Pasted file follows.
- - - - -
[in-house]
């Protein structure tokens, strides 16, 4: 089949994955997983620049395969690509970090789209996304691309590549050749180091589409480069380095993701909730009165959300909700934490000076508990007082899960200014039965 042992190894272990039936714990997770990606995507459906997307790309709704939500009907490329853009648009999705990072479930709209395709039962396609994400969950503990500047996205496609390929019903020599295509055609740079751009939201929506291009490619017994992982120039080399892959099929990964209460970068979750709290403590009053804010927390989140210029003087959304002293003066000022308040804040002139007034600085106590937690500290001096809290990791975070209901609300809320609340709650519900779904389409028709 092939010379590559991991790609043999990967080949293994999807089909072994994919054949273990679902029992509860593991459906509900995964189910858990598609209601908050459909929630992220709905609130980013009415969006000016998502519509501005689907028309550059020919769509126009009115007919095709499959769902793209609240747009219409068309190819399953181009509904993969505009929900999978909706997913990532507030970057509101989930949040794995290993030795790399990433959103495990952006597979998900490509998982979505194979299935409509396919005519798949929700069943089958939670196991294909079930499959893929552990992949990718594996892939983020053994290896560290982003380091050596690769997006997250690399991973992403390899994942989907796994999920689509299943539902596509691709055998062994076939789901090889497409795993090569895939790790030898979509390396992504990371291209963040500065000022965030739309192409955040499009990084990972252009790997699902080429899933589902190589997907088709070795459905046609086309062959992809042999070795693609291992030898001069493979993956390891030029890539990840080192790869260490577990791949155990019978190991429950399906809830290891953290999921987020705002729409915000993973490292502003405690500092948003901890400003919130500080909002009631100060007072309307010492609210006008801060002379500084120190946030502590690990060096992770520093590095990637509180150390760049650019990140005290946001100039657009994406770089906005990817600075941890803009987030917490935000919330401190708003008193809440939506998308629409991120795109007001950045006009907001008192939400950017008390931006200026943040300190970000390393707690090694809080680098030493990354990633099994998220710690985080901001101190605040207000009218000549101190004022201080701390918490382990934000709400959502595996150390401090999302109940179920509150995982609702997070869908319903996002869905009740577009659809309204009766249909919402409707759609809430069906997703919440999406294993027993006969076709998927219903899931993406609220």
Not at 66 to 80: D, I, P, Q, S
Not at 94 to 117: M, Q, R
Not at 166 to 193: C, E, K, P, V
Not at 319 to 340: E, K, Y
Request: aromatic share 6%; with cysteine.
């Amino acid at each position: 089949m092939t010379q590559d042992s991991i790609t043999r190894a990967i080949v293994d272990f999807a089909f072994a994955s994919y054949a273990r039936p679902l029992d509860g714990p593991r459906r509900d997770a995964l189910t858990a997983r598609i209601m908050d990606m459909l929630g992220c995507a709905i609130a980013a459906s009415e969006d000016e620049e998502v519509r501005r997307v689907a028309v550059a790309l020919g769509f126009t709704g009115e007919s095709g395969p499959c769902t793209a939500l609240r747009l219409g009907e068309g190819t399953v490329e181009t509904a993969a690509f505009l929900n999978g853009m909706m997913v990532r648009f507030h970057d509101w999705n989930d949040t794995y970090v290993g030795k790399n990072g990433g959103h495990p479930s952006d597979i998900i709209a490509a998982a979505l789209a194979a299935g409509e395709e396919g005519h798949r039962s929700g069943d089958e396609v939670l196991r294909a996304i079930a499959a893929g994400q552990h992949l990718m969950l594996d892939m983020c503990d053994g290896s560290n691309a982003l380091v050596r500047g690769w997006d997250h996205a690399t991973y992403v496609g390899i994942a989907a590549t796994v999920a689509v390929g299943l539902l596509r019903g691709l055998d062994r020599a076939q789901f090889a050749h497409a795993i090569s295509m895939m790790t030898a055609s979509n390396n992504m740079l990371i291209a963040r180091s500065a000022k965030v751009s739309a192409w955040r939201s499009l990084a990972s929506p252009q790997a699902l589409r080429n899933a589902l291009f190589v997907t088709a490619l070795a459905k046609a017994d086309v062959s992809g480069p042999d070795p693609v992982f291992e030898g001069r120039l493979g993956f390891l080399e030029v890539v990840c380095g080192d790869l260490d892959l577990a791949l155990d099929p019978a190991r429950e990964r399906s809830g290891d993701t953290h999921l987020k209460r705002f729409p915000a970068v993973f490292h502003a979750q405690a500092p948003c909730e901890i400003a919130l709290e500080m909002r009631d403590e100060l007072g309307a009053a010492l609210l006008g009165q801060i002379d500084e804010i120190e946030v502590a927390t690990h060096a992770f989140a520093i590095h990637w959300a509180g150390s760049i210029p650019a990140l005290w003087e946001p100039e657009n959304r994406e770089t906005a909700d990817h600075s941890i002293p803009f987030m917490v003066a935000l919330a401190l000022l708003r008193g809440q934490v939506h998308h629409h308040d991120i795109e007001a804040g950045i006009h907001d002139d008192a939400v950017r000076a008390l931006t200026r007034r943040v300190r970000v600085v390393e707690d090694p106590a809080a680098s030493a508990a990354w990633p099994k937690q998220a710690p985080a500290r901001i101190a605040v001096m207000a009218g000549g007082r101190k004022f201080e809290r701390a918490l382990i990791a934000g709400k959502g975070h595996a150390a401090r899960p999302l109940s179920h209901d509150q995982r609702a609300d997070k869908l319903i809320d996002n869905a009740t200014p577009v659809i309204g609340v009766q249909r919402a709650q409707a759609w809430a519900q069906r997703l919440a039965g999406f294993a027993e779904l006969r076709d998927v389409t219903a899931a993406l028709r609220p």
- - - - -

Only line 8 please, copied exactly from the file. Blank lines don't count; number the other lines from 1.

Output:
């Amino acid at each position: 089949m092939t010379q590559d042992s991991i790609t043999r190894a990967i080949v293994d272990f999807a089909f072994a994955s994919y054949a273990r039936p679902l029992d509860g714990p593991r459906r509900d997770a995964l189910t858990a997983r598609i209601m908050d990606m459909l929630g992220c995507a709905i609130a980013a459906s009415e969006d000016e620049e998502v519509r501005r997307v689907a028309v550059a790309l020919g769509f126009t709704g009115e007919s095709g395969p499959c769902t793209a939500l609240r747009l219409g009907e068309g190819t399953v490329e181009t509904a993969a690509f505009l929900n999978g853009m909706m997913v990532r648009f507030h970057d509101w999705n989930d949040t794995y970090v290993g030795k790399n990072g990433g959103h495990p479930s952006d597979i998900i709209a490509a998982a979505l789209a194979a299935g409509e395709e396919g005519h798949r039962s929700g069943d089958e396609v939670l196991r294909a996304i079930a499959a893929g994400q552990h992949l990718m969950l594996d892939m983020c503990d053994g290896s560290n691309a982003l380091v050596r500047g690769w997006d997250h996205a690399t991973y992403v496609g390899i994942a989907a590549t796994v999920a689509v390929g299943l539902l596509r019903g691709l055998d062994r020599a076939q789901f090889a050749h497409a795993i090569s295509m895939m790790t030898a055609s979509n390396n992504m740079l990371i291209a963040r180091s500065a000022k965030v751009s739309a192409w955040r939201s499009l990084a990972s929506p252009q790997a699902l589409r080429n899933a589902l291009f190589v997907t088709a490619l070795a459905k046609a017994d086309v062959s992809g480069p042999d070795p693609v992982f291992e030898g001069r120039l493979g993956f390891l080399e030029v890539v990840c380095g080192d790869l260490d892959l577990a791949l155990d099929p019978a190991r429950e990964r399906s809830g290891d993701t953290h999921l987020k209460r705002f729409p915000a970068v993973f490292h502003a979750q405690a500092p948003c909730e901890i400003a919130l709290e500080m909002r009631d403590e100060l007072g309307a009053a010492l609210l006008g009165q801060i002379d500084e804010i120190e946030v502590a927390t690990h060096a992770f989140a520093i590095h990637w959300a509180g150390s760049i210029p650019a990140l005290w003087e946001p100039e657009n959304r994406e770089t906005a909700d990817h600075s941890i002293p803009f987030m917490v003066a935000l919330a401190l000022l708003r008193g809440q934490v939506h998308h629409h308040d991120i795109e007001a804040g950045i006009h907001d002139d008192a939400v950017r000076a008390l931006t200026r007034r943040v300190r970000v600085v390393e707690d090694p106590a809080a680098s030493a508990a990354w990633p099994k937690q998220a710690p985080a500290r901001i101190a605040v001096m207000a009218g000549g007082r101190k004022f201080e809290r701390a918490l382990i990791a934000g709400k959502g975070h595996a150390a401090r899960p999302l109940s179920h209901d509150q995982r609702a609300d997070k869908l319903i809320d996002n869905a009740t200014p577009v659809i309204g609340v009766q249909r919402a709650q409707a759609w809430a519900q069906r997703l919440a039965g999406f294993a027993e779904l006969r076709d998927v389409t219903a899931a993406l028709r609220p």